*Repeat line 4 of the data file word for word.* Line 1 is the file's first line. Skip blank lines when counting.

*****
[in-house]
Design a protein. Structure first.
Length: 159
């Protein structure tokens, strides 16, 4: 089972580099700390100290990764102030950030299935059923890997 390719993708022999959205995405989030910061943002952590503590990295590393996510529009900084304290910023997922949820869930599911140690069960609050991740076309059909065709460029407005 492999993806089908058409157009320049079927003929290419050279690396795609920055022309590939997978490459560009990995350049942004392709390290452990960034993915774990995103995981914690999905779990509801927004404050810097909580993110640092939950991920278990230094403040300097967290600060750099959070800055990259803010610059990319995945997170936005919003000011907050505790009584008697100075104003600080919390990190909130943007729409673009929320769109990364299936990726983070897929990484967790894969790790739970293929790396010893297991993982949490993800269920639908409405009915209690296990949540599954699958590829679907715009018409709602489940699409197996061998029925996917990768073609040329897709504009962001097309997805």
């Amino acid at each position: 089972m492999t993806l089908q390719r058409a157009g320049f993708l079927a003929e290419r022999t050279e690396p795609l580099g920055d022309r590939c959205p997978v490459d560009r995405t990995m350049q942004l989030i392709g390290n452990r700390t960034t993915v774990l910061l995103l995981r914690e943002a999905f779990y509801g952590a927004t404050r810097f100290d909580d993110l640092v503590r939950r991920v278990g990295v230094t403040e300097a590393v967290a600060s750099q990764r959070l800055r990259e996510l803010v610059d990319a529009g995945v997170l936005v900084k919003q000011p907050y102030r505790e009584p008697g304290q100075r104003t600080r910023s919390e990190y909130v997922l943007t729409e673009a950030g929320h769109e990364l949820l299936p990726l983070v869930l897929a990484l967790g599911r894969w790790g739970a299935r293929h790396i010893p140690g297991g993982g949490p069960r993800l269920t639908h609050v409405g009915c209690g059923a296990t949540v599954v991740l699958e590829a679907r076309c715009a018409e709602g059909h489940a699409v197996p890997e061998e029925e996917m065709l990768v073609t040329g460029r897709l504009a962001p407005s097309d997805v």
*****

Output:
């Protein structure tokens, strides 16, 4: 089972580099700390100290990764102030950030299935059923890997 390719993708022999959205995405989030910061943002952590503590990295590393996510529009900084304290910023997922949820869930599911140690069960609050991740076309059909065709460029407005 492999993806089908058409157009320049079927003929290419050279690396795609920055022309590939997978490459560009990995350049942004392709390290452990960034993915774990995103995981914690999905779990509801927004404050810097909580993110640092939950991920278990230094403040300097967290600060750099959070800055990259803010610059990319995945997170936005919003000011907050505790009584008697100075104003600080919390990190909130943007729409673009929320769109990364299936990726983070897929990484967790894969790790739970293929790396010893297991993982949490993800269920639908409405009915209690296990949540599954699958590829679907715009018409709602489940699409197996061998029925996917990768073609040329897709504009962001097309997805």